[end of comment by William Tait]

(4) In connection with the issue of consistency being sufficient for mathematical existence, William Tait mentioned Cantor's well-known comment regarding mathematics and its essential freedom. There are two reasons why attempts to paint Cantor's ideas as an antecedent of Hilbert's formalism need to be put in context as much as Ebrahim Raisi's comment about being a defender of human rights.
1. In addition to publishing an alleged proof that infinitesimals are inconsistent, Cantor described infinitesimals not merely as 'paper numbers' but as (a) an abomination; (b) the cholera bacillus of mathematics (this was at the time of the cholera plague in Europe). So apparently some forms of mathematics were freer than others, in Cantor's view. To give an example, somebody who describes, say, Scholze's perfectoids in those terms (the terms used by Cantor) today would have difficulty maintaining a reputation as a defender of mathematical freedom.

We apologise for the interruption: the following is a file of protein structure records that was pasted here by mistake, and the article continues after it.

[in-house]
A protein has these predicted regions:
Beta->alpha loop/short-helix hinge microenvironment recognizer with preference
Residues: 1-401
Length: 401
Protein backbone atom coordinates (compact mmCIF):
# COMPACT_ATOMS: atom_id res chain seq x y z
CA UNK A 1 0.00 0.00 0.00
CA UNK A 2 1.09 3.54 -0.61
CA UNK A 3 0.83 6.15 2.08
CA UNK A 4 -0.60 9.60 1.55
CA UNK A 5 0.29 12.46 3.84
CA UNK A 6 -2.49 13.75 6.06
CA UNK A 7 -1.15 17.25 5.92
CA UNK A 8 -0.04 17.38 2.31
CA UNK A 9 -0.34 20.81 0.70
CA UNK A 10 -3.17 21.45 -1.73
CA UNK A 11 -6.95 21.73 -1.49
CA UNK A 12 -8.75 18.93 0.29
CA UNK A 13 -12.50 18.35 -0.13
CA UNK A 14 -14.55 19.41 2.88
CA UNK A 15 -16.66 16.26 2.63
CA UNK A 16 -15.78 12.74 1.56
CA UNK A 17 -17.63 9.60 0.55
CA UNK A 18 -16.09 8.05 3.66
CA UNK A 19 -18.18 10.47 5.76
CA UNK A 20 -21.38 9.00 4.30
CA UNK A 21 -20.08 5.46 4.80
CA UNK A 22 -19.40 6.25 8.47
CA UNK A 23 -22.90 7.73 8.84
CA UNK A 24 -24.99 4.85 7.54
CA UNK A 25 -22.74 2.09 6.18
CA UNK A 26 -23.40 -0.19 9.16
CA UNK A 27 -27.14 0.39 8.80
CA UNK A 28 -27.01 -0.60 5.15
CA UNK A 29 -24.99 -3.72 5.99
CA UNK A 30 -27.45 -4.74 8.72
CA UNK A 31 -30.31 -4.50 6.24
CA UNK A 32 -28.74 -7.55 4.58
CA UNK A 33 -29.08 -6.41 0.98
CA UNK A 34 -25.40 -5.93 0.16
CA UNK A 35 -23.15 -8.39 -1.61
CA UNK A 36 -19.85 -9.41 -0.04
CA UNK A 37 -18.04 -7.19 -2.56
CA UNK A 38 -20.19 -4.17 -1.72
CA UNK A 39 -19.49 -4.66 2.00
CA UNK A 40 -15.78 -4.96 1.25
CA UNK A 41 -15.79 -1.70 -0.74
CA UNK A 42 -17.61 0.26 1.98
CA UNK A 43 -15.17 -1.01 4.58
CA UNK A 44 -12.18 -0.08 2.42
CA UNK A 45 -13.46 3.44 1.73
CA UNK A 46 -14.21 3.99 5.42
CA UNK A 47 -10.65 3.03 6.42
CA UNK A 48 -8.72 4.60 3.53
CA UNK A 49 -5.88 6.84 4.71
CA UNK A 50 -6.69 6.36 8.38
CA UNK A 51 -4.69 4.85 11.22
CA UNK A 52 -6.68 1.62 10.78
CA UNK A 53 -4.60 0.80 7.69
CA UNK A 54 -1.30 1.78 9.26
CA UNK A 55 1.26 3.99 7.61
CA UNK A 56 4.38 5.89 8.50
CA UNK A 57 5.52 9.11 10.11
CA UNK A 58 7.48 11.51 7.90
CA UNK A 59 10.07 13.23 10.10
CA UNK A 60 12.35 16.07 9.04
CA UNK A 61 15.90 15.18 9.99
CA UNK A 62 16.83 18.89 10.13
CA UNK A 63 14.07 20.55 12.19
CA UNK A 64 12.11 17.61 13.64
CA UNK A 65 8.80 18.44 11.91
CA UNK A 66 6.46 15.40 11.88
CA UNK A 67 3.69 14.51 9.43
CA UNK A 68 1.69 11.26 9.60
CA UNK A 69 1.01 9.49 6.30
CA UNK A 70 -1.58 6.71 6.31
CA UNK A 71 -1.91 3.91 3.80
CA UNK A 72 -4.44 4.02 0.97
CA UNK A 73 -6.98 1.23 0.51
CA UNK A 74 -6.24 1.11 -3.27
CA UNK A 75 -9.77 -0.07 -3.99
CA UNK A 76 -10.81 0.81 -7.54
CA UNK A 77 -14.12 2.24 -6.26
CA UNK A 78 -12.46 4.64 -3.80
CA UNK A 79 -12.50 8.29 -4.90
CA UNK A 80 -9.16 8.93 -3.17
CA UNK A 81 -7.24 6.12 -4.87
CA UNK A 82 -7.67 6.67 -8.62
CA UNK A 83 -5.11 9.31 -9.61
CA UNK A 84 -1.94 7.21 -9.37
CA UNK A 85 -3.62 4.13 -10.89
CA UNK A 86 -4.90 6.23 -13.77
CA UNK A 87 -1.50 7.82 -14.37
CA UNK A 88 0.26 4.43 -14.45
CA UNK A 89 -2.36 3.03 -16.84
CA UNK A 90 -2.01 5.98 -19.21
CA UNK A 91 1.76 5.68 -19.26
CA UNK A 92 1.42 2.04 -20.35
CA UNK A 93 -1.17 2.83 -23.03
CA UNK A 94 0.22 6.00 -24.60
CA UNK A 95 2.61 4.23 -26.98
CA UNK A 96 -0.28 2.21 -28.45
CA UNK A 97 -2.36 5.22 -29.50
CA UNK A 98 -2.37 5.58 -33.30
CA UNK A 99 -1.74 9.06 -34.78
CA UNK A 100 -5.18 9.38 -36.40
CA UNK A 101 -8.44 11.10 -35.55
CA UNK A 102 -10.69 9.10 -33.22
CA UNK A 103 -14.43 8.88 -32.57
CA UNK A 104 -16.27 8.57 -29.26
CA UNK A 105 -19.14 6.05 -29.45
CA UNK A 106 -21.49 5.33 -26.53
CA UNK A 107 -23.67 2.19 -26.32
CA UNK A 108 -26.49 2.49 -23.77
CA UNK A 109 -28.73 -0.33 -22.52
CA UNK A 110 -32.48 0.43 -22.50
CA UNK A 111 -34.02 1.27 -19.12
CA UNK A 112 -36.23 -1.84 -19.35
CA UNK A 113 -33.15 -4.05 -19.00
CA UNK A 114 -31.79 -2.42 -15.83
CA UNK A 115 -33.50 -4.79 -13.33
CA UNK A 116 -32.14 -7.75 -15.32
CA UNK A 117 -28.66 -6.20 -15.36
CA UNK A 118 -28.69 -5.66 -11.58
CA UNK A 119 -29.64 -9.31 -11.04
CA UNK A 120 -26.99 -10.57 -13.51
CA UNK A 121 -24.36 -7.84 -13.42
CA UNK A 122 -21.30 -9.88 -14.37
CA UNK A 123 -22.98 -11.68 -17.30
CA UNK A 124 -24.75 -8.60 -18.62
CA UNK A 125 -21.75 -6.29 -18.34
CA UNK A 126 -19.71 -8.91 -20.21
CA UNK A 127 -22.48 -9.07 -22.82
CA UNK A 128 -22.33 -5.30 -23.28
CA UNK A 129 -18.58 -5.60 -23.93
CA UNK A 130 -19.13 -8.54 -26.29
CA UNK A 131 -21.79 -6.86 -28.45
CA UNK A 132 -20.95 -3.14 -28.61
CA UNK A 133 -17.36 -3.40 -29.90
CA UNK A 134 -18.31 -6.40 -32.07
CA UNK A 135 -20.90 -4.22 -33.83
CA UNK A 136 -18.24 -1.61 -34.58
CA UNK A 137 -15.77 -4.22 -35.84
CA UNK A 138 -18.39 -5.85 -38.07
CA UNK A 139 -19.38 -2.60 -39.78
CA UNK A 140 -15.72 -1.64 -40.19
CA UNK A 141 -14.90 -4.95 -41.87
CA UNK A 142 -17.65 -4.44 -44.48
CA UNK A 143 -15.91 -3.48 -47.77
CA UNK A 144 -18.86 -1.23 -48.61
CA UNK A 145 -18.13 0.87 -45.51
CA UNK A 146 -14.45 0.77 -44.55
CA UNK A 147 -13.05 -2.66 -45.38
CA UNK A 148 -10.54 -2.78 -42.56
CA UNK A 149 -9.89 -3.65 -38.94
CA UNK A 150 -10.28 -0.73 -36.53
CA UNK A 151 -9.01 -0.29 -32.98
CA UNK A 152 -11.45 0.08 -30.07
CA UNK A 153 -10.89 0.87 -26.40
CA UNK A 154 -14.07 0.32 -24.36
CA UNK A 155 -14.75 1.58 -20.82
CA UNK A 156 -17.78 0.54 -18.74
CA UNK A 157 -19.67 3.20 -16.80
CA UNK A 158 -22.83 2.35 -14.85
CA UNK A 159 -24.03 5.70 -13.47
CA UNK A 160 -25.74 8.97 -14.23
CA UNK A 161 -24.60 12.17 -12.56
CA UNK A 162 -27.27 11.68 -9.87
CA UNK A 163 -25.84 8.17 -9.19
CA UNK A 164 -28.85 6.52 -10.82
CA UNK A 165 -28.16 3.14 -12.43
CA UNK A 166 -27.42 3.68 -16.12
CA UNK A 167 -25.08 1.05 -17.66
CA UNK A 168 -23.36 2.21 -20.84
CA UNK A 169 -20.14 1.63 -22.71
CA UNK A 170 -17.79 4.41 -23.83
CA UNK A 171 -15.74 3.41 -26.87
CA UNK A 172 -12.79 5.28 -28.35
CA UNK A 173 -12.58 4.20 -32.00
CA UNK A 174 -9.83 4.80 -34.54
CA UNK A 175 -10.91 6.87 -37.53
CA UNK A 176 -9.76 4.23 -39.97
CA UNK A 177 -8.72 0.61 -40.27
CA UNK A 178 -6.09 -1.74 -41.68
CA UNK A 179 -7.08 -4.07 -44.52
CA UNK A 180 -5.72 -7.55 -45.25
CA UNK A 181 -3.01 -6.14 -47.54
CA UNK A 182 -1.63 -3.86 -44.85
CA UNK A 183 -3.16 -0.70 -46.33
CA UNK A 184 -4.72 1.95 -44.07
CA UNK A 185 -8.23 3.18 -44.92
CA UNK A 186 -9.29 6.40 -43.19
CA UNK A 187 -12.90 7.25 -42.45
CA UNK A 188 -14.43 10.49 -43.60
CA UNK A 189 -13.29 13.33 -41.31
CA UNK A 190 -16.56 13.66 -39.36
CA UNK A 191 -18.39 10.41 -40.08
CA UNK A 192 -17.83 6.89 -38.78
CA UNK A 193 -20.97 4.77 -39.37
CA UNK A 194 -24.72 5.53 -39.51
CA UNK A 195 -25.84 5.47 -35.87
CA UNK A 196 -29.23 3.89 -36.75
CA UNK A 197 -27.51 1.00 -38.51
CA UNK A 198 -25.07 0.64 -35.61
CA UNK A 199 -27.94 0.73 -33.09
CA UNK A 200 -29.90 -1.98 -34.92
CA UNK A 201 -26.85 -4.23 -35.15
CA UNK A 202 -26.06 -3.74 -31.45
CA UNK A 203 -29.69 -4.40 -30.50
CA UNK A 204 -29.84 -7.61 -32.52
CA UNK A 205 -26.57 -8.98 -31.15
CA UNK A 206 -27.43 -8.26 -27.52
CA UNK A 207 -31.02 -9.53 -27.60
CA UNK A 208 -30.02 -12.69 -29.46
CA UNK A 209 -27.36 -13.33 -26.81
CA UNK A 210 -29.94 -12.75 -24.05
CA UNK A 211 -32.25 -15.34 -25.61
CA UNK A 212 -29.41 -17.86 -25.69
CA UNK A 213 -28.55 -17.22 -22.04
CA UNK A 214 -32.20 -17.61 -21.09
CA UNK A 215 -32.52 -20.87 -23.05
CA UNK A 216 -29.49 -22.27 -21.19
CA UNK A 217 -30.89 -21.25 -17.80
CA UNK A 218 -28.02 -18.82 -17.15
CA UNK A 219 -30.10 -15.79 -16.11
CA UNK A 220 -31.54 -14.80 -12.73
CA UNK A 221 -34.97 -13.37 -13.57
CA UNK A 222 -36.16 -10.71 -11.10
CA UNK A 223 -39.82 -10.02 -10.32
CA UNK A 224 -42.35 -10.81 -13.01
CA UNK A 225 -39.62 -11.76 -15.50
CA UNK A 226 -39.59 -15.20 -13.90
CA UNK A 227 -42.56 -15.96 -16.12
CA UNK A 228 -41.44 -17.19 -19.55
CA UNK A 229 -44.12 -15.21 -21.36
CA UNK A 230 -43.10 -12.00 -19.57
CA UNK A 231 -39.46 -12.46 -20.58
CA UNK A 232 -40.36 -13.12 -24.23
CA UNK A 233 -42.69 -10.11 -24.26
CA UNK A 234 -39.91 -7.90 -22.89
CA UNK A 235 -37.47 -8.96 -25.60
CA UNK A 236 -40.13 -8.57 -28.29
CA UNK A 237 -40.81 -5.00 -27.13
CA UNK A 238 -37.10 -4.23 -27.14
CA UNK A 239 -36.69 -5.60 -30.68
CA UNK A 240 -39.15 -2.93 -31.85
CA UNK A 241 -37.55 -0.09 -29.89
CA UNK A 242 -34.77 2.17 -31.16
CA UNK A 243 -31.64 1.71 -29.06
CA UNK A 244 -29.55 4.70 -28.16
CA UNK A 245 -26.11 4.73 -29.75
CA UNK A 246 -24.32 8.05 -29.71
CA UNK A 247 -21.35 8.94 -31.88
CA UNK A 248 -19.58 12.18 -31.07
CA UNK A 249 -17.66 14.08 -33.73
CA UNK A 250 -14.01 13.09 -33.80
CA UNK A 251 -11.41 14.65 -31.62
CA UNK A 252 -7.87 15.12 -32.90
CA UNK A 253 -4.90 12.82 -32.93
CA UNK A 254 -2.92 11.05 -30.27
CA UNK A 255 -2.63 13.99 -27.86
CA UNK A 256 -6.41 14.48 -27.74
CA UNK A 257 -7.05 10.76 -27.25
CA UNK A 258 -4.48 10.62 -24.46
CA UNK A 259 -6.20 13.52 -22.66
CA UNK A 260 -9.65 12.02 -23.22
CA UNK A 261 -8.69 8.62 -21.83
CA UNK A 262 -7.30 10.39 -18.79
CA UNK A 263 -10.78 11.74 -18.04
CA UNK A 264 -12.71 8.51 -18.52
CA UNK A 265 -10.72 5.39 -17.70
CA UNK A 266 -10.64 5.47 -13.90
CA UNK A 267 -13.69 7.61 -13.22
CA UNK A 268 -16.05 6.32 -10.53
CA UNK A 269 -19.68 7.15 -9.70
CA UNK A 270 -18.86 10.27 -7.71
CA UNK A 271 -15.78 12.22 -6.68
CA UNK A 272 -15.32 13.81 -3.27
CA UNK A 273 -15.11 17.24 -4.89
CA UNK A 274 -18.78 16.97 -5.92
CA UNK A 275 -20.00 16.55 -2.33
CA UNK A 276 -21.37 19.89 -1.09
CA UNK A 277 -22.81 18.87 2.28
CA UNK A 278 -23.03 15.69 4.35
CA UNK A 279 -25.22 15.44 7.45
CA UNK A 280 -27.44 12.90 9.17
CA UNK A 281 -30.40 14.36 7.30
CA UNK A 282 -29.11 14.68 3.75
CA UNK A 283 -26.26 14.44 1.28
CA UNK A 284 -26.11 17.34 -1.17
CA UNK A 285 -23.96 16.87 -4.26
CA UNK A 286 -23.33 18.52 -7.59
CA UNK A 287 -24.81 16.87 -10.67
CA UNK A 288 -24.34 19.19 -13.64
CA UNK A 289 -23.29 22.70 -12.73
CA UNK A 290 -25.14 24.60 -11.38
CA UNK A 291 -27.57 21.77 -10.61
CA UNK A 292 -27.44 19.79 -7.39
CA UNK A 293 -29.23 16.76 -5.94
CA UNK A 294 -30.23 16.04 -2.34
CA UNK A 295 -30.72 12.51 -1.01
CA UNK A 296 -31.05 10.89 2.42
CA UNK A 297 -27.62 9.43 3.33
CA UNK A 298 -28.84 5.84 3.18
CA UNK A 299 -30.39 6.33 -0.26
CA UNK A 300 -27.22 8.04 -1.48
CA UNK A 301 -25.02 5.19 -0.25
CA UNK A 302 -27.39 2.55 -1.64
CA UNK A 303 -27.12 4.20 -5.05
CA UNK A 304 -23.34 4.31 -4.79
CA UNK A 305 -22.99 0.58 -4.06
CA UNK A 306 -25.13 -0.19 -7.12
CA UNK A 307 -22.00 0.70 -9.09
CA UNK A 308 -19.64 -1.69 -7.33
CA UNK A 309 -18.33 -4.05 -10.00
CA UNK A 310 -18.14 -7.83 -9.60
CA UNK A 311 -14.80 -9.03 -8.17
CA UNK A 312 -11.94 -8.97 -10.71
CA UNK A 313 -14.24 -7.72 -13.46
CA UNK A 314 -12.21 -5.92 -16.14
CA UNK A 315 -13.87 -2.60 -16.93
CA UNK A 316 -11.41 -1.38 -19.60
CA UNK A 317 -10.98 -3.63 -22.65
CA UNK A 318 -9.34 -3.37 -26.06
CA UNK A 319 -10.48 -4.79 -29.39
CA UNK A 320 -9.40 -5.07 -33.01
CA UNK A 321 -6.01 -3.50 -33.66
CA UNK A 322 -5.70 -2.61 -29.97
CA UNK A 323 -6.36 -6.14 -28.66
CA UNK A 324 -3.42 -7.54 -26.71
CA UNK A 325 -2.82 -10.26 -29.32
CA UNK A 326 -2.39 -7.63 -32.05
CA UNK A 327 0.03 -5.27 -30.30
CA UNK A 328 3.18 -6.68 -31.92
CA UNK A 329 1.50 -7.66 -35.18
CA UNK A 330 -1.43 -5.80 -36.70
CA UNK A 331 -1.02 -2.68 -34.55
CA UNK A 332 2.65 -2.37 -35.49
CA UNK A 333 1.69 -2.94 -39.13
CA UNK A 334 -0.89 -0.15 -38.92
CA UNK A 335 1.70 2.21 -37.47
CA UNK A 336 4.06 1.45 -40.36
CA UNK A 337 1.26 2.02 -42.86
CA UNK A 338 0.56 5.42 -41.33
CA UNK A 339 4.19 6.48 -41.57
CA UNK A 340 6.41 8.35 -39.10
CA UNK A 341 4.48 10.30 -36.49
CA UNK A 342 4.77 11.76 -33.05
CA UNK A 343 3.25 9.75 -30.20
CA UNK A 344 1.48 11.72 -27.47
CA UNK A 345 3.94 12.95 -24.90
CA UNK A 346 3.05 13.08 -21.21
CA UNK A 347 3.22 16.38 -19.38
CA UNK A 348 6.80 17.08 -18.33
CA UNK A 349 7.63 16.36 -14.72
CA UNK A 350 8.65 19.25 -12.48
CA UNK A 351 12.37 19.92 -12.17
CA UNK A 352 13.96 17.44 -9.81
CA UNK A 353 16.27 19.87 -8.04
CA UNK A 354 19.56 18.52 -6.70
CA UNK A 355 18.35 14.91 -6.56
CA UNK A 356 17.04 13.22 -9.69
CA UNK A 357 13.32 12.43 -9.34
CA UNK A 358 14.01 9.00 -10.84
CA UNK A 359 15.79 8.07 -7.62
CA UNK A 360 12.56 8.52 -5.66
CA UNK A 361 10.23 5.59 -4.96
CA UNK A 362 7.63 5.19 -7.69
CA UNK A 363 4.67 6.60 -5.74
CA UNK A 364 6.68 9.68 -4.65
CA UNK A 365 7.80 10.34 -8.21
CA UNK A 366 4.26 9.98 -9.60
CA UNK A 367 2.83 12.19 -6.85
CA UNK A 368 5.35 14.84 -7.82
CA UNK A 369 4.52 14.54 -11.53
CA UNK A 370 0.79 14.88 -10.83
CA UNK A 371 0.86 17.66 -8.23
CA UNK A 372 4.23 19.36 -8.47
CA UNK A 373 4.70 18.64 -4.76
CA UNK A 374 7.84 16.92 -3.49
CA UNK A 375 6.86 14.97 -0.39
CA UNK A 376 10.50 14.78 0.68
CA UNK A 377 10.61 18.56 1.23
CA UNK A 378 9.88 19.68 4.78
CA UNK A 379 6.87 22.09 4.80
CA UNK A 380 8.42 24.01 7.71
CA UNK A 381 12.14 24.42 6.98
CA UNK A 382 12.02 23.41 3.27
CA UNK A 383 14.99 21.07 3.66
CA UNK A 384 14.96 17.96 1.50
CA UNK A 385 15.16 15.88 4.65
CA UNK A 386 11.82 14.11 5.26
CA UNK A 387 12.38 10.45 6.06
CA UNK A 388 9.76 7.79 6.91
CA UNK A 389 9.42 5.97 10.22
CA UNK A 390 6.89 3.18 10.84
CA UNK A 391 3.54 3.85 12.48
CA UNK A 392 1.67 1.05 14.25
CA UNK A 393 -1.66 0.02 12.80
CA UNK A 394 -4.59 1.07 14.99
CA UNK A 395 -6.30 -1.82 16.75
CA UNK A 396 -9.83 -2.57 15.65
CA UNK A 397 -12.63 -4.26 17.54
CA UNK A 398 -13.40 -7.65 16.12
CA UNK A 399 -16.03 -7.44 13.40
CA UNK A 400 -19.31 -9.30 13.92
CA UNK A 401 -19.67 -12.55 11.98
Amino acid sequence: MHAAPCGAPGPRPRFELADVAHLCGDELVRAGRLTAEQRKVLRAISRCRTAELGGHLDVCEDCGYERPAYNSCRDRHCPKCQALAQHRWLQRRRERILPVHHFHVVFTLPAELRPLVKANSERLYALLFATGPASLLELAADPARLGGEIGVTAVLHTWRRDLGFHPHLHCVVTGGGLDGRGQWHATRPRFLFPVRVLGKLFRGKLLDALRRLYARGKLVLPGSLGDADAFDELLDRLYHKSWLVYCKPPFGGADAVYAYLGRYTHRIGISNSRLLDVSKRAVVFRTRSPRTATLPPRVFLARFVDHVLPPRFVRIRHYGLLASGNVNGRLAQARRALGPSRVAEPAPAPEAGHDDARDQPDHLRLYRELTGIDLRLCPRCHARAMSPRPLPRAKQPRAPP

2. As is well known, Cantor's set-theoretic ideas encountered resistance among his contemporary mathematicians. What is perhaps less known is the fact that Cantor's attempt to defend his theory was, paradoxically, far less Hilbertian than Leibniz's. Instead of disassociating mathematics from metaphysics and working to relax the requirement that mathematical entities must have physical counterparts, as Leibniz did, Cantor on the contrary developed a peculiar form of metaphysics to justify his theory, and adhered as much as possible to the straitjacket of a correspondence to physical reality. There is a perceptive analysis of Cantor's rather old-fashioned metaphysics in Hill's piece, which I summarized in my MathSciNet review freely accessible here: hill17MSN.pdf